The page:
Yesterday morning I awoke to a text message from my sister Sherry who also lives with bipolar disorder. She wrote, “I hate bipolar illness.” It didn’t take long for my wheels to start to turn. Of course you hate this illness. I hate bipolar too. I don’t like how it interrupted my life and made my path much more difficult. But I know I can only entertain those thoughts of dread for a little while. If I spend too much time hating bipolar and the fact I have it, I lose out on life.
The fact is no one wants to have a mental illness. It’s hard to come to terms with when we get an initial diagnosis. It’s even harder for loved ones to watch as people destroy their lives because they refuse treatment. I’ve walked in those shoes, so it’s not a judgement simply an acknowledgment of what can happen.
I’m standing on the side line right now watching a young man blow up his life because of his refusal to accept his diagnosis. He’s manic and psychotic. At only 27 years old he’s burning through friends like an out of control forest fire. Soon, he’ll be all on his own to one day, hopefully, pick up the pieces of what is left of his life. I hope that’s soon for his sake.
I’ve spent a great deal of time learning about bipolar disorder and quite frankly other mental illnesses. One the reasons people don’t get help is because no one wants to have a mental illness. I said that once, right? Well, when I was diagnosed with a mental illness it felt like a personal failing. It was as if somehow I had brought it all on myself. There wasn’t much compassion or understanding or anyone who I knew to turn to with questions. I was all alone in my struggle.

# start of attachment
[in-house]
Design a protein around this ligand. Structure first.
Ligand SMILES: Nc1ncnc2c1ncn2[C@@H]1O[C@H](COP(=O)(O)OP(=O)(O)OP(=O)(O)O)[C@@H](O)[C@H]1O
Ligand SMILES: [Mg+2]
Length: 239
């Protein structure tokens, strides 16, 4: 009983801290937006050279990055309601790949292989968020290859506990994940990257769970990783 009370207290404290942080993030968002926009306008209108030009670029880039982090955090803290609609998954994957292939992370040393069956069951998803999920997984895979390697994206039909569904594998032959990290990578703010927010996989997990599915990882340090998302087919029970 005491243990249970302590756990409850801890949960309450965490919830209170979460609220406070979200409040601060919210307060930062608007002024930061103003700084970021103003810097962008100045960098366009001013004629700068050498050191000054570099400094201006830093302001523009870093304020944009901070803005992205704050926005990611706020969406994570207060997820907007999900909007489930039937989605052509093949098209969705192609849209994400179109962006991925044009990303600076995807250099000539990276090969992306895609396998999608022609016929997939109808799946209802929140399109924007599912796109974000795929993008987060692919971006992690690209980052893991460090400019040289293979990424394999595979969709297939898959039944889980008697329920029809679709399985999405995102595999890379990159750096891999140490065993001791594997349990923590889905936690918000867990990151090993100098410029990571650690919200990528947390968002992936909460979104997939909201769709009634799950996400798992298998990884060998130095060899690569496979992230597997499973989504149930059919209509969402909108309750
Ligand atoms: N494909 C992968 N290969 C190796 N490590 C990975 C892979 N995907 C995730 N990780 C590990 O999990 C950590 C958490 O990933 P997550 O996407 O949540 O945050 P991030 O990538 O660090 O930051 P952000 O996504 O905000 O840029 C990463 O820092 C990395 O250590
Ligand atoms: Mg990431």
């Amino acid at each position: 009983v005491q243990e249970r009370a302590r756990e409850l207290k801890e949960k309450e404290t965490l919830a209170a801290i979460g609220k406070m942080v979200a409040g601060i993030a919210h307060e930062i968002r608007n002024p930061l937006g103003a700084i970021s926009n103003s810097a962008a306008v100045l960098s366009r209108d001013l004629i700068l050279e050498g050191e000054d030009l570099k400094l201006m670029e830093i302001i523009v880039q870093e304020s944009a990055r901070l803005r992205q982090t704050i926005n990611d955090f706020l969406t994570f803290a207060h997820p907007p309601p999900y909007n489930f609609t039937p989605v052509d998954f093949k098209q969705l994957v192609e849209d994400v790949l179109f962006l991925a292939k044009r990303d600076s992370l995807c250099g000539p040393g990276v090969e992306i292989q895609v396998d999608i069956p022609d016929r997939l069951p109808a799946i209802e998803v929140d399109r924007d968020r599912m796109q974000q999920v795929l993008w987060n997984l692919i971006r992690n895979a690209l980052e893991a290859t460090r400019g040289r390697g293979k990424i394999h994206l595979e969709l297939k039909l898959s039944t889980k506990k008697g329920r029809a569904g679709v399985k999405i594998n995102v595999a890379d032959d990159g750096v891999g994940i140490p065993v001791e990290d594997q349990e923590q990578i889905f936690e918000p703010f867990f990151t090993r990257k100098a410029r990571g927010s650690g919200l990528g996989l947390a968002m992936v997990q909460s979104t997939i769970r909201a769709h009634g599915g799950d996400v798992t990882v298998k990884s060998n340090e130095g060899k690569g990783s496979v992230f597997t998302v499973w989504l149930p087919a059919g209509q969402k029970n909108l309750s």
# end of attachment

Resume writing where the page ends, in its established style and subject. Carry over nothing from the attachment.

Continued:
Because I felt like it was a personal failing I kept denying it existed. Eventually I did get treatment, but it took a long time to find the right treatment regimen. It was even longer before I learned the necessary lifestyle changes I was going to have to make. On average, it takes 8-10 years from the initial diagnosis before someone gets the proper treatment and that’s if she ever does.
Startling. Right? How can anyone jump right in and accept she has a mental illness, follow a flawed treatment regimen and trust health care providers who too often don’t know jack about what they are treating.
It can get really dark and toxic pretty quick. This is why I only allow myself to entertain the dark side from time to time. I am human, unfortunately. Ha.
The bottom line for this post today is to say no one wants to have a mental illness. But constantly focusing on all the negative things about it are counter productive. Of course I hate my illness. But to be honest it could have been far worse. All things considered I’m one of the lucky ones.
No one wants to have a mental illness but if you do have one please get the help you need. Your life depends on it.